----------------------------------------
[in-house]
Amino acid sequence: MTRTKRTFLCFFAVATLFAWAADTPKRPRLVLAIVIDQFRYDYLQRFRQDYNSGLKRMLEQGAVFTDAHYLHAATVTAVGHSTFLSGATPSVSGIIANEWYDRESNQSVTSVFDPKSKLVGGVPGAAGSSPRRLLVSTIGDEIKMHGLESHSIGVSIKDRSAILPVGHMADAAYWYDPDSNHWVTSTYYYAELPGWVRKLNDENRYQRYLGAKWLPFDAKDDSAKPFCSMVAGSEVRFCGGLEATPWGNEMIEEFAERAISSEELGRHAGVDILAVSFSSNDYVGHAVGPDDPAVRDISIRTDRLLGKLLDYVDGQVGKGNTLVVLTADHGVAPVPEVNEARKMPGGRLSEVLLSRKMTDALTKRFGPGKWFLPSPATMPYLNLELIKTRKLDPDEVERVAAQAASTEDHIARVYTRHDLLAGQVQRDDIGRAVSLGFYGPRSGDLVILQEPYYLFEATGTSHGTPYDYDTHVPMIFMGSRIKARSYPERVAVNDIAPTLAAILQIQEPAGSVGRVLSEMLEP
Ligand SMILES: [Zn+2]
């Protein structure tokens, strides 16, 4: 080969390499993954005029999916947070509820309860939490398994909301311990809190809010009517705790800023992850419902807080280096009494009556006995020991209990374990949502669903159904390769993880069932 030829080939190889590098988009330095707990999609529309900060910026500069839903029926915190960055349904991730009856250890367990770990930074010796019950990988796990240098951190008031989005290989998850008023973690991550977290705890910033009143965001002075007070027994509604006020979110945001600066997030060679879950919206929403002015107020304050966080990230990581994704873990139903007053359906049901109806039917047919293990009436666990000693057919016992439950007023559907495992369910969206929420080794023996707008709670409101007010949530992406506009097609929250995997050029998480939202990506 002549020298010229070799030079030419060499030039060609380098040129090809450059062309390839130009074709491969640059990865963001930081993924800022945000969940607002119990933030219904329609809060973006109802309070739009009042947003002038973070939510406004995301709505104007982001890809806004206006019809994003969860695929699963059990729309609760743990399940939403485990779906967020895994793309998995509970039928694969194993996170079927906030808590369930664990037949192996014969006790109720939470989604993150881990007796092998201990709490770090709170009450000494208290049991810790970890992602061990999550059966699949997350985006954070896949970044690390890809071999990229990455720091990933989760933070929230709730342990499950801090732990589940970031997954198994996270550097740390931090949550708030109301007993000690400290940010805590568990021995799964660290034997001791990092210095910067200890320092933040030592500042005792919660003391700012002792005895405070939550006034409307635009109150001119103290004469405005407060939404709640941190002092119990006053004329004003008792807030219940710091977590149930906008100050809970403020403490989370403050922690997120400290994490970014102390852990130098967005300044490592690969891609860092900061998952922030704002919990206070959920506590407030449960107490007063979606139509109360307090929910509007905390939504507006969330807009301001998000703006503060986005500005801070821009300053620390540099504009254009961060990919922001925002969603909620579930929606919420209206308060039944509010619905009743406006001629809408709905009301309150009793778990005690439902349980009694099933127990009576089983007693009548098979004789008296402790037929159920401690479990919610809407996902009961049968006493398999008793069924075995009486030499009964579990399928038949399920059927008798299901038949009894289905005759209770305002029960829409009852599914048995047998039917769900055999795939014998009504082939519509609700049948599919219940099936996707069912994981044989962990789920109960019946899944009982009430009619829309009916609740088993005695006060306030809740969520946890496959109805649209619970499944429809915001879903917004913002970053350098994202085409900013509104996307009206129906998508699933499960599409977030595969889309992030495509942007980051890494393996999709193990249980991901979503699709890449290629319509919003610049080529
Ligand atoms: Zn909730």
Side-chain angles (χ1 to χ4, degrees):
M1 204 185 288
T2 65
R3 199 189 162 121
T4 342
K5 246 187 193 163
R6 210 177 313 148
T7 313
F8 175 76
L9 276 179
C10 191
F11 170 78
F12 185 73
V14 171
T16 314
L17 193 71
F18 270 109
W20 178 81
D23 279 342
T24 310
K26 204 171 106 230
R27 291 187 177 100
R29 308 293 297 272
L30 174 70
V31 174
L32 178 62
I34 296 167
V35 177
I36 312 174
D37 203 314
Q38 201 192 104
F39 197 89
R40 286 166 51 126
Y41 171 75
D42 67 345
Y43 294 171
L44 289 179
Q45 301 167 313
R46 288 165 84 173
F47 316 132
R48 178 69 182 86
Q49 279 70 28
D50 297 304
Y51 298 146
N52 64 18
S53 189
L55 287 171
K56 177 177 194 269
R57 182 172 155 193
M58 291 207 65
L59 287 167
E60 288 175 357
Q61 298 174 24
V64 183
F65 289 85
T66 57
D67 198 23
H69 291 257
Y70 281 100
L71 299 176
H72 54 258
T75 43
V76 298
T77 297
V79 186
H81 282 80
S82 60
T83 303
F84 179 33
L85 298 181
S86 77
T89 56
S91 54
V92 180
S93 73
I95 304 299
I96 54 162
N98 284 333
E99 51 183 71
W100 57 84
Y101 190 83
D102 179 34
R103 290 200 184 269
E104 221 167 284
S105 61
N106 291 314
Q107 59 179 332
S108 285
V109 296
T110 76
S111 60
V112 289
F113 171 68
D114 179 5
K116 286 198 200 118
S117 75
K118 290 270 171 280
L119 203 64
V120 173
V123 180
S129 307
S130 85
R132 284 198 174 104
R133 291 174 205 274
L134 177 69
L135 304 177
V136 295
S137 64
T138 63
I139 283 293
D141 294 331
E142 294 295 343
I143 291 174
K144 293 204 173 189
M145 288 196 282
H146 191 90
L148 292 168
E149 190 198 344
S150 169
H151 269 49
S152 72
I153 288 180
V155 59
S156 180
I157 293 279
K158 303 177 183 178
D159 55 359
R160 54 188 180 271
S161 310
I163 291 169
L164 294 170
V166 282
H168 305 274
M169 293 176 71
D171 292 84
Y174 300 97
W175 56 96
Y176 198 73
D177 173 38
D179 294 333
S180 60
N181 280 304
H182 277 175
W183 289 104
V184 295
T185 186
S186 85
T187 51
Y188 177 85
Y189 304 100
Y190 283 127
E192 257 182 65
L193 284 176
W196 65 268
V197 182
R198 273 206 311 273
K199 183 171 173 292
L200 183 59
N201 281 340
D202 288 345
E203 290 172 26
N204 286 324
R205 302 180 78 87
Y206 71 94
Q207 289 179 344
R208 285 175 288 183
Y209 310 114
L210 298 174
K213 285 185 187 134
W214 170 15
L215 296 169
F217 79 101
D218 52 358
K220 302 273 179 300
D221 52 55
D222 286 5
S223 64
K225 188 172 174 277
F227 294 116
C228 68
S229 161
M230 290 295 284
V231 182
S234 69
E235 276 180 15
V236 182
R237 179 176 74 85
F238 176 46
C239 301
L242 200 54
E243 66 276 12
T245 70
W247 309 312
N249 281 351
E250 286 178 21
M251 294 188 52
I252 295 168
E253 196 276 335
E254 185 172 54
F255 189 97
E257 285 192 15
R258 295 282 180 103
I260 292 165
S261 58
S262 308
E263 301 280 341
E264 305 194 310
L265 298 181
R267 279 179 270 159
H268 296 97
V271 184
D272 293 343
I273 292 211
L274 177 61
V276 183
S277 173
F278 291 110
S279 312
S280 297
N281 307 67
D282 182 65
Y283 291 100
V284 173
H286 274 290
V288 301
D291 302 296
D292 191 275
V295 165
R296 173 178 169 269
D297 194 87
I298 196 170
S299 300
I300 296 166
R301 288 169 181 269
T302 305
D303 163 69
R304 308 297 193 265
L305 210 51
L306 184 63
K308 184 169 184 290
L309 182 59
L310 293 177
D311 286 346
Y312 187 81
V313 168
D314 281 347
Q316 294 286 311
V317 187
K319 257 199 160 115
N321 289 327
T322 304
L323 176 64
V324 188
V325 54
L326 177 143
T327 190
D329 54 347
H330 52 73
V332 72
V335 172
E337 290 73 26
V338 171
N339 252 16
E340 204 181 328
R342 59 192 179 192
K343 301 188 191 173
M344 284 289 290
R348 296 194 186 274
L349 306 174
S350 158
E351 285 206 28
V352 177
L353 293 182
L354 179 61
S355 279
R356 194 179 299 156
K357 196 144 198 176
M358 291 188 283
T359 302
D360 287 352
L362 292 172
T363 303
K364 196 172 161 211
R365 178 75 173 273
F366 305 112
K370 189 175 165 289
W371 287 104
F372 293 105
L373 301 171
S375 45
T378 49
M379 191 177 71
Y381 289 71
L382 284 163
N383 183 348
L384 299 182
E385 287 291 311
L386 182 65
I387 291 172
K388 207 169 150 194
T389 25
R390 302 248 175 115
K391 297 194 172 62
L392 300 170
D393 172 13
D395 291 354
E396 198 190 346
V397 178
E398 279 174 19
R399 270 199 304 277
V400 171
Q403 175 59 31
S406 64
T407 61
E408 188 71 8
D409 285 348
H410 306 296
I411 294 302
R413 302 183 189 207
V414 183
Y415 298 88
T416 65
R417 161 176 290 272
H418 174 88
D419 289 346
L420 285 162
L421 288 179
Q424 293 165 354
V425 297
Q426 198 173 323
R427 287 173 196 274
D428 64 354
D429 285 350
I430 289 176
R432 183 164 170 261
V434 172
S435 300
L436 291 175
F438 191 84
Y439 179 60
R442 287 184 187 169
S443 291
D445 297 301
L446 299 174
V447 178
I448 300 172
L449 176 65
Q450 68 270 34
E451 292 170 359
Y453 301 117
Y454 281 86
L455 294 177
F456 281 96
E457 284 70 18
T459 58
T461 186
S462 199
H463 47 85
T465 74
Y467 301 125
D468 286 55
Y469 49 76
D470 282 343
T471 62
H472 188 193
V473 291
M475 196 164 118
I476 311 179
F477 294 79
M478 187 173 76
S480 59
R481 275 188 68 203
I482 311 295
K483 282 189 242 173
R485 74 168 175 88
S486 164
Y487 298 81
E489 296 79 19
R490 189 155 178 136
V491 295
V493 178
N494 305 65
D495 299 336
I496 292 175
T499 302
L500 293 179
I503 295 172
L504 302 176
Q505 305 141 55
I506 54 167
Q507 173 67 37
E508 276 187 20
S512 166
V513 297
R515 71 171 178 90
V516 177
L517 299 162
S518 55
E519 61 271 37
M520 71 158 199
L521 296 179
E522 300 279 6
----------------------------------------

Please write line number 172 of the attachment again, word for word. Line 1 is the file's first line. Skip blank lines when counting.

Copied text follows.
Y209 310 114